Elizabeth LeCompte by Leibowitz
Elizabeth LeCompte experiments with both what counts as a performance text, and what counts as a vital interpretation. She even refuses to be limited to a single text (instruction set), with the Wooster Group’s La Didone she weaves together a performance based on Cavalli’s opera combined with Mario Brava’s 1965 science fiction film Planet of the Vampires.
Brava’s Planet of the Vampires
Wooster Group’s Didone
The mashup, the remix, the blending of instruction sets to produce something entirely new is what the process of creation has always already been. The boundary between recipes loses importance if the meal is well presented and delicious— a new recipe is created.
These two relationships to rule sets define much of human experience. The one approaches the regularity of the machine, while the other can careen off into what seems to be unbounded chaos. One set must be followed to the letter (a machine is the optimal performer), the other leaves openings for a two-way interaction. But the act of writing back into the interface is fraught with danger. It stands on the border of transgression, or transumption. When we don’t follow a rule set, but instead apply a new rule set from different context, we can be perceived as willfully misreading, incompetence or breaking local laws. Edward Said, in his reading of Harold Bloom’s A Map of Misreading, describes the Oedipal resonances:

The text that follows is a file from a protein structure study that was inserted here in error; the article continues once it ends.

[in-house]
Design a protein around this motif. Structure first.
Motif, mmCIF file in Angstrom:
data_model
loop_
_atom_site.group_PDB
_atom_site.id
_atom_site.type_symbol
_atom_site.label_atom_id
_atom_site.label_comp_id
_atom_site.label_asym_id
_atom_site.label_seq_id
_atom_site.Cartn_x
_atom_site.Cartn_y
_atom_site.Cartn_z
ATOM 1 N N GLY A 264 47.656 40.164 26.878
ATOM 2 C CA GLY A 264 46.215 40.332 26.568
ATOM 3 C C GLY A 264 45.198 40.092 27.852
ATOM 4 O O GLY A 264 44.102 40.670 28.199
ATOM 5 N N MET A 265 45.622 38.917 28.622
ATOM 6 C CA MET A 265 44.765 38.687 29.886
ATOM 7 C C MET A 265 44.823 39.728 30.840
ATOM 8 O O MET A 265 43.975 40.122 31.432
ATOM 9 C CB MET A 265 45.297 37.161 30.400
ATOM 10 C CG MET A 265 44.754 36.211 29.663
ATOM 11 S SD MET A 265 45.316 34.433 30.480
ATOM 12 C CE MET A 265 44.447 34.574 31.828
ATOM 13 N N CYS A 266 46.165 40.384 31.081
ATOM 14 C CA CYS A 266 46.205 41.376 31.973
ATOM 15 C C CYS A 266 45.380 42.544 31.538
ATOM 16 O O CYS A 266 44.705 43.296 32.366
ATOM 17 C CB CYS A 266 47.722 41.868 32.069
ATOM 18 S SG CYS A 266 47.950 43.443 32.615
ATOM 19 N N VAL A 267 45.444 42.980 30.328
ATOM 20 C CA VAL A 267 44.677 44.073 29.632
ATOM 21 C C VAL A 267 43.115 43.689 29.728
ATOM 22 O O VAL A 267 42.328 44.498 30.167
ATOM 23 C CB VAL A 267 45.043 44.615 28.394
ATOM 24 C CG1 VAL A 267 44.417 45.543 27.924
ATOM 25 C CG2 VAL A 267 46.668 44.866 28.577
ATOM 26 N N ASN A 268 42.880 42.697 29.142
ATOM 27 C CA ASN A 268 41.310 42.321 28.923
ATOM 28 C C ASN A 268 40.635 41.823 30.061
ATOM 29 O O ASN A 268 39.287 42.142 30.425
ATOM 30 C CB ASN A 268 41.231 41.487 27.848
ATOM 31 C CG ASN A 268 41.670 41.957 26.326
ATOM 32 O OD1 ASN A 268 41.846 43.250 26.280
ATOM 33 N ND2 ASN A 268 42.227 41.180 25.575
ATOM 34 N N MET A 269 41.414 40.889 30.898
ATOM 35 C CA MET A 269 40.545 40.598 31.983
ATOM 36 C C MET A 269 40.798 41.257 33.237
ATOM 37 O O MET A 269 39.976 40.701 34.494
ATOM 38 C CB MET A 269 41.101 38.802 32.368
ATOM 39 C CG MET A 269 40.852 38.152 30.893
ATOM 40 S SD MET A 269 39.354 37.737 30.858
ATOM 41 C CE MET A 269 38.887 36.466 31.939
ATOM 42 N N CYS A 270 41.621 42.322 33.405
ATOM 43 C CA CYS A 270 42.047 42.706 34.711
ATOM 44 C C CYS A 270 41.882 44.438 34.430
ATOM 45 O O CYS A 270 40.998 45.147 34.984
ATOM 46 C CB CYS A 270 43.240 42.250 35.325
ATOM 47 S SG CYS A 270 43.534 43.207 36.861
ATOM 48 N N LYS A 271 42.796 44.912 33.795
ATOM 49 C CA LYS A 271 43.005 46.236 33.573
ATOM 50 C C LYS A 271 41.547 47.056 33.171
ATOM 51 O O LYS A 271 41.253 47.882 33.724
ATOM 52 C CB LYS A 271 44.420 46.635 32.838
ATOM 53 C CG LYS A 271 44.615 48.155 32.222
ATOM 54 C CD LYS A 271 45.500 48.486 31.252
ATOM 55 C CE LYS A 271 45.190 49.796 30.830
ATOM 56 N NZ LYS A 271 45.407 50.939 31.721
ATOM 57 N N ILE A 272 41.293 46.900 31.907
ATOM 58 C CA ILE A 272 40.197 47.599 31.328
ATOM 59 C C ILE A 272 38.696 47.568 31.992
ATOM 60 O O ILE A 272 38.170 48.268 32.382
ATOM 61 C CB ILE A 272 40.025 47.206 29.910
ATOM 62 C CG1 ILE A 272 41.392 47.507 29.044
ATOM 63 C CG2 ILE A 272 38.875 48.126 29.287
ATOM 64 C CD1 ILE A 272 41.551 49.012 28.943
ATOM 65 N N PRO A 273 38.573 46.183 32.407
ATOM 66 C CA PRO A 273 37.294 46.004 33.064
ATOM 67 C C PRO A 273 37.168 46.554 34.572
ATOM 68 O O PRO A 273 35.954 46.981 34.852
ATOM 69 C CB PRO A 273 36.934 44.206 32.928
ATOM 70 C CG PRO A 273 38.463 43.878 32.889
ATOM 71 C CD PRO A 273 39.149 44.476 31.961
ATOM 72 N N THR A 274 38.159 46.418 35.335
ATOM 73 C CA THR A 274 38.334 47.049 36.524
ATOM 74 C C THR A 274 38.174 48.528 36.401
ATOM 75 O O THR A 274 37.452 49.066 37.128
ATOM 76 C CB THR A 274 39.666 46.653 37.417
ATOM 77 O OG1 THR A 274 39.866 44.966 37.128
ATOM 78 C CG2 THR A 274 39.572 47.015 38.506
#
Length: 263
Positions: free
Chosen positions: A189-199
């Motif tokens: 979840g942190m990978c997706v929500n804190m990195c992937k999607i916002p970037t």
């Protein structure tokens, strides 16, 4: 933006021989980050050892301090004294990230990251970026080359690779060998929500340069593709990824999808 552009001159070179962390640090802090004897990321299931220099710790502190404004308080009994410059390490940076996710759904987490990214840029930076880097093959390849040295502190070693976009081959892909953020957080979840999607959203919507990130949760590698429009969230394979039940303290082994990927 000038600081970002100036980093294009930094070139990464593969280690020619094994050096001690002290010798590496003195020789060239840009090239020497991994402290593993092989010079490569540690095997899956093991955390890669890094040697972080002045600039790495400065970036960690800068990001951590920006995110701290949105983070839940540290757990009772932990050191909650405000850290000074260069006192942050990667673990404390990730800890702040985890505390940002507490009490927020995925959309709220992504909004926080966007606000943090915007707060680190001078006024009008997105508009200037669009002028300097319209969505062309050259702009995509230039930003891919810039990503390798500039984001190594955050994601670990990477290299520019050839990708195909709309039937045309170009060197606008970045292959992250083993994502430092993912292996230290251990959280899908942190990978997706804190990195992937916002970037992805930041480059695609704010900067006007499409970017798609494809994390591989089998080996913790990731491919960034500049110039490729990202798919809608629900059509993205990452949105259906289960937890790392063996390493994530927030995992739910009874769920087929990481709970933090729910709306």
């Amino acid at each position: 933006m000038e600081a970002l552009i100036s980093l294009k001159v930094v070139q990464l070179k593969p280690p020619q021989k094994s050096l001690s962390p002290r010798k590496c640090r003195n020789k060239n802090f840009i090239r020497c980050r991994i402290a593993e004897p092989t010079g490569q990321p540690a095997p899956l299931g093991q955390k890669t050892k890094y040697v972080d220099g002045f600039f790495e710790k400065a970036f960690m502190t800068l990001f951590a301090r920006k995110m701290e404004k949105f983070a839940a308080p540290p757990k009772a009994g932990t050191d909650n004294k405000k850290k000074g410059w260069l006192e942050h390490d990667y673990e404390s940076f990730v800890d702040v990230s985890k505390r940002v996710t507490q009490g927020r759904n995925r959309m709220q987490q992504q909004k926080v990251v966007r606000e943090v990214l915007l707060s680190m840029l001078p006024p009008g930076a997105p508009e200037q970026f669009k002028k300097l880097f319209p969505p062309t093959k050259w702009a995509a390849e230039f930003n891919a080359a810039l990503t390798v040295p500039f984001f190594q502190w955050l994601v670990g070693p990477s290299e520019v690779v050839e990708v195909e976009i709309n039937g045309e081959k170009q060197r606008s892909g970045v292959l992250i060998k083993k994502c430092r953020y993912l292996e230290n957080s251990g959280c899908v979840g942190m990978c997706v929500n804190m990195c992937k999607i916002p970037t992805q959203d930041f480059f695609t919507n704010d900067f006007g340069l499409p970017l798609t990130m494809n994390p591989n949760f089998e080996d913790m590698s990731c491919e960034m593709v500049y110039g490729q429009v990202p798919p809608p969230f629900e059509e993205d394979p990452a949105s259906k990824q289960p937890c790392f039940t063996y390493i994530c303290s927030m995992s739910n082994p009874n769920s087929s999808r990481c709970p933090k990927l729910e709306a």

Thus Bloom writes: “To live, the poet must mis-interpret [his literary] father, by the crucial act of misprision, which is the re-writing of the father.” Consequently a poet is not a man speaking to other men, but “a man rebelling against being spoken to by a dead man (the precursor) outrageously more alive than himself.” The great poetic ambition, which only the strongest poets achieve, is to appear self-begotten not only free of the father but, as Bloom demonstrates beautifully in the case of Milton (who is Bloom’s own strong poet par excellence), the father’s father. This final “transumptive” act of poetic majesty Bloom calls metalepsis: “Milton does what Bacon hoped to do; Milton and Galileo become ancients, and Homer, Virgil, Ovid, Dante, Tasso, Spenser become belated moderns.”
The fixed symbolic vocabulary of the algorithm is one of the points where misreading wants to overwrite fixity. Meanwhile back on the Network, there’s a sense in which Phil Windley’s concept of a purpose-centric web dares to ignore the local laws and advocates simply rewriting/overwriting the fixed symbolic vocabulary to serve another purpose. There’s a sense in which we can view this as another instance of text, interpretation and performance. The revolutionary idea of the Action Card is that my rule set trumps yours.
To return to the moment that started this train of thought, let’s look at Byrne’s Arboreum drawings as a performance text. It seems as though the fixed symbolic vocabulary becomes slippery when it moves from linear typography to a map or model. The symbolic moves from symbol to symbol. The adjectives finite, discrete, governed, fixed, and precise all seem to lose purchase. And yet if we look at the Wooster Group’s rigorous performances, we could apply all of those adjectives along a different dimension.
These two relationships to the text stand across from each other as mirror images. As the algorithm blends with desire and takes flight into the real time flow of the Network, our sense of logic may sometimes take on the guise of the logic of sense, and it will have to learn to keep its cool as it makes the occasional trip through the looking glass.